The admitted sexual predator in the Oval Office has been enthusiastically supporting the alleged sexual predator running for Senate. He's just going to keep doing it from the comfort of his Twitter account.
Donald Trump has broken ranks with much of his Republican Party in loudly cheering for accused sexual predator Roy Moore to become the next senator from Alabama.
Moore is facing allegations of sexual assault and harassment from nine different women, several of whom were minors when the alleged abuse took place. And Trump himself has a long, detailed history as a sexual predator.
But no, it looks like the two accused Republican predators will not share a campaign stage between now and the Alabama special election on Dec. 12.
Nonetheless, Trump's bold and repeated support of the accused child molester on social media continues to fracture the Republican Party. Last week, former Republican National Committee chairman Michael Steele called Trump’s defense of Moore “sickening” and “beyond stupid.”
Meanwhile, Senate Majority Leader Mitch McConnell of Kentucky is already on the record saying Moore “should step aside” from his Senate bid because of the accusations. “I believe the women,” McConnell added. Speaker of the House Paul Ryan of Wisconsin agreed.
In all, more than a dozen of the 52 Republicans in the Senate said Moore should pull out of the Senate race in Alabama.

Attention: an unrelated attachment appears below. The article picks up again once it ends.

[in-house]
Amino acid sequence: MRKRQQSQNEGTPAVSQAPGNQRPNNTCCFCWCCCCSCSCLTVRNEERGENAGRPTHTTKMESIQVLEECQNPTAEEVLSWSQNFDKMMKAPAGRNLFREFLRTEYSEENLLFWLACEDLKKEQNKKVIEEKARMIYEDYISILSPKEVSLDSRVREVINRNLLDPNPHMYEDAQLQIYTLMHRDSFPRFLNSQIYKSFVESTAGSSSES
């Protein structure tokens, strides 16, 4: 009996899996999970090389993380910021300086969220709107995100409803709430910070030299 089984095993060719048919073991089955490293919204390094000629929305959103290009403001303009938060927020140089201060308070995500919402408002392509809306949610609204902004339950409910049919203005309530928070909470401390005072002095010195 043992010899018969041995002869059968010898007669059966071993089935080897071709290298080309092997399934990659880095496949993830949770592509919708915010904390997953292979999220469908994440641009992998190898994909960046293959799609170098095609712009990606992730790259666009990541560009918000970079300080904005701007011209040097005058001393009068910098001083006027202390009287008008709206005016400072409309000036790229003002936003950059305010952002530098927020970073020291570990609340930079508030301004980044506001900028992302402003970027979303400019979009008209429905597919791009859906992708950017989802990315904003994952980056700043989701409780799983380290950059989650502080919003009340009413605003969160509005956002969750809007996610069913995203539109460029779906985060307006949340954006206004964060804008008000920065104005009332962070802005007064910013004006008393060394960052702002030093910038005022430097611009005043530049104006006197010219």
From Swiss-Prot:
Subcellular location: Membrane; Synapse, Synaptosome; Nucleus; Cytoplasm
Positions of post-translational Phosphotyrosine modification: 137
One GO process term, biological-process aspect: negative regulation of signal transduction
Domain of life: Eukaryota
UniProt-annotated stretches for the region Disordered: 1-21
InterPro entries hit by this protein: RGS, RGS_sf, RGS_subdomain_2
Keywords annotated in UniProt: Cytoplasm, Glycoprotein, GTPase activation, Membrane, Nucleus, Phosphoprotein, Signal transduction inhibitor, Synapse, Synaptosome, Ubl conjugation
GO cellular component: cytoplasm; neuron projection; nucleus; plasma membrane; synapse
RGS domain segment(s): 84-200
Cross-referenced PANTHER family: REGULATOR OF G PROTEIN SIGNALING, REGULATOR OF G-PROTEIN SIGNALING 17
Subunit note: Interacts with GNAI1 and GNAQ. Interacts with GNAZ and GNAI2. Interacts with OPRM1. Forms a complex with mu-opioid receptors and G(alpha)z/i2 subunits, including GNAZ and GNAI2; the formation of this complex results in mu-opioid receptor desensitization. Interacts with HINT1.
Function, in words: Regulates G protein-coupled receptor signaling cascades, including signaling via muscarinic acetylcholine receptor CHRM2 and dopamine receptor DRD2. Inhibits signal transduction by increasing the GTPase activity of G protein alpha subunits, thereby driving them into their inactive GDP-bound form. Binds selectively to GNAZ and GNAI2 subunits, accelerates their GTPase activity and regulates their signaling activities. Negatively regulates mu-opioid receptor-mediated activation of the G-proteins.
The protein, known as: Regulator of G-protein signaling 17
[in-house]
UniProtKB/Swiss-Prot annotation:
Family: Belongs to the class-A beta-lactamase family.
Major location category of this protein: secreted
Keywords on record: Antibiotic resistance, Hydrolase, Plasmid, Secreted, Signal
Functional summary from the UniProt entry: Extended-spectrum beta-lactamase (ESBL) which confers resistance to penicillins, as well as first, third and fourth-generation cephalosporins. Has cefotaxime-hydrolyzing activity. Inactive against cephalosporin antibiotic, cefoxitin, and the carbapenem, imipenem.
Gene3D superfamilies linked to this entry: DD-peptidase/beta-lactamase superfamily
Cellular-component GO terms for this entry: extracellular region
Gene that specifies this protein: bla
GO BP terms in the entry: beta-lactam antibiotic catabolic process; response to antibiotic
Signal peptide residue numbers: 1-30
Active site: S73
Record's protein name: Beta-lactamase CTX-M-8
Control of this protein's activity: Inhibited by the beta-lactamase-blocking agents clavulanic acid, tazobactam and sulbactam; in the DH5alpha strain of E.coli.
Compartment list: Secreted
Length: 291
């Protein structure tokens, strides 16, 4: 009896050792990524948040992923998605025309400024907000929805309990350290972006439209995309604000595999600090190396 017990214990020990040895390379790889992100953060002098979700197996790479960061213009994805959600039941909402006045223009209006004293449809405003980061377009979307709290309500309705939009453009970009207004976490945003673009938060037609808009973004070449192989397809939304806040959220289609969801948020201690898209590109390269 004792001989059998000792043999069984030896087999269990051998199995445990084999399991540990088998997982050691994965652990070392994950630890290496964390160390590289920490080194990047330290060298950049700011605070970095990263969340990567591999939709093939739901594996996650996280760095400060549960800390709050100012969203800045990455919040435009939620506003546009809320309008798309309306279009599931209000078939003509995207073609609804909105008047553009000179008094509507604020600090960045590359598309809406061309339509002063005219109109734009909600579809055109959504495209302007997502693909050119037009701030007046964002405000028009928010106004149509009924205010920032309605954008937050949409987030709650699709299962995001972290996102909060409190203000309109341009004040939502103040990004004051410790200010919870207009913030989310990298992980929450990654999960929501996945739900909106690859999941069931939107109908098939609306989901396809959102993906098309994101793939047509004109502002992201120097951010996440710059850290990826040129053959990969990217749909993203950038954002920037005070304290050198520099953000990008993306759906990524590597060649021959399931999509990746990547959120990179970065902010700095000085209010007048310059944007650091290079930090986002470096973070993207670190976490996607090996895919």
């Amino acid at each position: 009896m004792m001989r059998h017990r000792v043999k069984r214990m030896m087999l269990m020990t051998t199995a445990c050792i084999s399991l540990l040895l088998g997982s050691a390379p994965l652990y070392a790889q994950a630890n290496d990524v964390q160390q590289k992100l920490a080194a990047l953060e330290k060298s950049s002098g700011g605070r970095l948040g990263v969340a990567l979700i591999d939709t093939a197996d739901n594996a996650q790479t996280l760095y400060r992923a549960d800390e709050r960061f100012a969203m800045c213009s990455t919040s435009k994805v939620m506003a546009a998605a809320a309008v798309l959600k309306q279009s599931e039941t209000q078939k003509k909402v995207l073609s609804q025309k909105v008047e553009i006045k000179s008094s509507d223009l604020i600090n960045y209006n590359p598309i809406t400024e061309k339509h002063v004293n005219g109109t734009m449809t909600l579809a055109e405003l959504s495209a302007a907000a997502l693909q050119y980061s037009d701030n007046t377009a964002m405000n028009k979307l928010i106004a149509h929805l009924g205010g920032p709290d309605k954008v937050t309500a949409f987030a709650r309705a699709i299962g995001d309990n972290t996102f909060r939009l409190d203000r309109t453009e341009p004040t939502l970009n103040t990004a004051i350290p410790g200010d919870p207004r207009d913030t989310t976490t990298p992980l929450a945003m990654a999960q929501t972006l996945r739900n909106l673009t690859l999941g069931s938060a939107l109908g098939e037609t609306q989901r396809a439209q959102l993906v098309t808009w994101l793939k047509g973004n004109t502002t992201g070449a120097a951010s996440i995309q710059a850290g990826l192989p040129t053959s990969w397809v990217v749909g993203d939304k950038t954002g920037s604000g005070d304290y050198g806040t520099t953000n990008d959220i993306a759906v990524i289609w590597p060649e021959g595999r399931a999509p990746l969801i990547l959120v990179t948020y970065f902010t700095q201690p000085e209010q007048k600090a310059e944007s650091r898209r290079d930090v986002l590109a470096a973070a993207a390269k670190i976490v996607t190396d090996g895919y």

But that was before Trump weighed in. Never imagining that the head of their party would vocally cheer Moore's candidacy in the wake of the horrific allegations, Republicans are now stuck.
Politically, Trump himself remains boxed in. Because of his own sordid history as a sexual harasser and assaulter, it would be awkward for him to demand Moore drop out of the race for being accused of predatory practices. Still, Trump's decision to vocally weigh in on Moore's behalf has, once again, stunned his own party.
Note that a strong majority of Americans — 60 percent — think Moore should be expelled from the Senate if he wins the election in Alabama, including a clear plurality of Republican voters (49-33), according to a new Quinnipiac poll.